BRITISH BOBBIES want to recruit Amazon's Alexa in the fight against crime, by having the virtual assistant help people grass on local ne'er-do-wells.
We exaggerate for effect, of course, but an initiative by Lancashire Constabulary is reportedly experimenting with having Alexa provide daily updates on what's going on in a user's local area and have the smart speaker log crime reports.
The idea behind the initiative is to effectively allow people to file crime reports and give witness statements without clogging up 999 switchboards and taking up police officer time.
And there are plans for Alexa to be used by the police internally to provide them with rapid briefings on the crimes or activities of the day.
At least that's according to the Daily Mail, which presumably after taking a break from left-wing baiting Brexit headlines and immigration scaremongering, went to listen to Rob Flanagan, the Lancashire police force's innovation leader, speak at the College of Policing conference.
"If we can give officers and leaders the information that is needed in the quickest time possible, in the easiest way then I think we will see real efficiencies," he said.
"The next stage will be something we can do very quickly, I'm talking February or March, essentially once we have got the authority, is to set up a skill to provide information to the public on specific things such as a response to questions like 'how do I report this?' or 'what do I do with this lost property?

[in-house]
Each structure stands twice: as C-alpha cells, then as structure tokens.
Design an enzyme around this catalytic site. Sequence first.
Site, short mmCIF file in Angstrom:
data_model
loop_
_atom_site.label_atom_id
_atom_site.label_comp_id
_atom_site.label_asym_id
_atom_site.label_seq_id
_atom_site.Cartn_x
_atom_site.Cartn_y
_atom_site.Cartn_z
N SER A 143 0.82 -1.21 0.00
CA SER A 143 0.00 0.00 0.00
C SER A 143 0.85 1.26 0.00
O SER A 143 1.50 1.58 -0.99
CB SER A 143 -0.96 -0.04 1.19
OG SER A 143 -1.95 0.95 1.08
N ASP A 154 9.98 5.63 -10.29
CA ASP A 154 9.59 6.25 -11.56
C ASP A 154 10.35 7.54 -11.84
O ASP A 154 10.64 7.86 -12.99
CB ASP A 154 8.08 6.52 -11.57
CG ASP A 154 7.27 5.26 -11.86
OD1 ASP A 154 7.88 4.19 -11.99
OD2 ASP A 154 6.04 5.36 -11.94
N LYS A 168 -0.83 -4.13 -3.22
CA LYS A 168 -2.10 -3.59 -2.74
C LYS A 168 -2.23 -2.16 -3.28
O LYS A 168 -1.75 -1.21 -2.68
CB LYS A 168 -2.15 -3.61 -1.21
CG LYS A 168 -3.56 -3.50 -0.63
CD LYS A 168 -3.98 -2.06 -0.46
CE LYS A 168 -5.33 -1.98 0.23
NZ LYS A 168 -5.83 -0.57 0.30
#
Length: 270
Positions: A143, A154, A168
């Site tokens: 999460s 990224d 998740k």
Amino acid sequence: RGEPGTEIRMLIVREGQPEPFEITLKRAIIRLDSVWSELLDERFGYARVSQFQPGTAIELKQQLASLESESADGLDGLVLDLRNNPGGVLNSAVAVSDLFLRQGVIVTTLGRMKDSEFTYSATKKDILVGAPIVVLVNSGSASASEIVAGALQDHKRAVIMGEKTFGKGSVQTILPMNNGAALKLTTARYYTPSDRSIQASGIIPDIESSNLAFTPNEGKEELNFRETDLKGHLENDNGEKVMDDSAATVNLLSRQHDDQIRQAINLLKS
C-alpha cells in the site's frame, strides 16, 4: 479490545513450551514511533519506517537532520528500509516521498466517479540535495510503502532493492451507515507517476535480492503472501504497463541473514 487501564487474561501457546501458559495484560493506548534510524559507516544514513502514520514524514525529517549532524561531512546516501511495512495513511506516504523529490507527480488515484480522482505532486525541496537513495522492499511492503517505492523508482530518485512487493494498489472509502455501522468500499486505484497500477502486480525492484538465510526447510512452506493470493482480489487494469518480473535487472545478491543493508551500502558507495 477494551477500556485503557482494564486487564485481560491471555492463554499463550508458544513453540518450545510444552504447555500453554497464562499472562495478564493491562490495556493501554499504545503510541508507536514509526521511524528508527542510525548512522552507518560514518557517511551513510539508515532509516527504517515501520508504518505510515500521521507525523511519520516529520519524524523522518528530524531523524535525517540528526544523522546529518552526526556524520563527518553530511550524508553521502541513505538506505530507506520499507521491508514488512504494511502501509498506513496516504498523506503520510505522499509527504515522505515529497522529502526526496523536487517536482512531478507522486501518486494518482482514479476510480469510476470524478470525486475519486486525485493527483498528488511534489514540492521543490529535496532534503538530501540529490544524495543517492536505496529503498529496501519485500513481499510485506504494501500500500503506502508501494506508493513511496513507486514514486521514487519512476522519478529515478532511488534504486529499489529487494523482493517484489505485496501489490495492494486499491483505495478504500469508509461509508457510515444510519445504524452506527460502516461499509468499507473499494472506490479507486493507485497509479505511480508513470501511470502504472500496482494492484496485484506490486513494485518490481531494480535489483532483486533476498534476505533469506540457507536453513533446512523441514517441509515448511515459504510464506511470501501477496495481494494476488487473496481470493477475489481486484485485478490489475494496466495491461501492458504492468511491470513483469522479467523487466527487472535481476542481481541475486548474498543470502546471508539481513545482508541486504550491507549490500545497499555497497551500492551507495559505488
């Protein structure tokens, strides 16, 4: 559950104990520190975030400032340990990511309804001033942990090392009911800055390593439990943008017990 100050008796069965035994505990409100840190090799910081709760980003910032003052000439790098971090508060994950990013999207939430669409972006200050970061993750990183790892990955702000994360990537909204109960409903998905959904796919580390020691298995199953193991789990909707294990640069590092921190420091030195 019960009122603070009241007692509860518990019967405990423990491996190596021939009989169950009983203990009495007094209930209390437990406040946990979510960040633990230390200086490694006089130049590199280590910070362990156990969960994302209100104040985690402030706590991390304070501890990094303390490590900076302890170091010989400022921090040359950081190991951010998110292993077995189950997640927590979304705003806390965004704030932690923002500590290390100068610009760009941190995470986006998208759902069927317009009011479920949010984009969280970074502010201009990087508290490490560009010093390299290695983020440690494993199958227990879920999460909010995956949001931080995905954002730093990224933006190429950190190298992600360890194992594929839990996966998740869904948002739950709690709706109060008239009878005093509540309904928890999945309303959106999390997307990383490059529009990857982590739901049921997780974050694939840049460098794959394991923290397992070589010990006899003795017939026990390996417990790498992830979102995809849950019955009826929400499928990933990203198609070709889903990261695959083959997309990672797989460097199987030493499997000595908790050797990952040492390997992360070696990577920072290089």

"If we can reduce demand into our call centres via the use of voice recognition or voice-enabled technology and actually give the community the information they need without them needing to ring into police then that's massive."
Apparently, Flanagan came up with the mildly Orwellian idea when messing around with Alexa to get the virtual assistant to recite nursery rhymes to his daughter.
This is all well and good, but we can't help but nurse the thought that this idea is a mash-up of The Bill and The Gadget Show, dreamed by someone who's never watched an episode of Black Mirror.
Sure, the daily bulletins could be all nice and warm at first: "Minor car crash on Grove Road, worth avoiding" or "Watch out for those youth in hoodies partaking in a bit of the ol' wacky baccy, they look well shifty".
But the combination of tech monitoring and this government's love of snooping could turn such an initiative into a dystopian nightmare: "We know you put that steak through as an apple on the self-service tills, you dirty little scab" and "OMG DON'T GO OUTSIDE, EVERYONE IS DANGEROUS AND THE NORTH KOREANS ARE COMING".
That being said, it could all work out fine and help local police spend more time patrolling and giving confused tourists directions than filling out forms; but hey it's a wet, grey January day so pardon our forlorn outlook. µ
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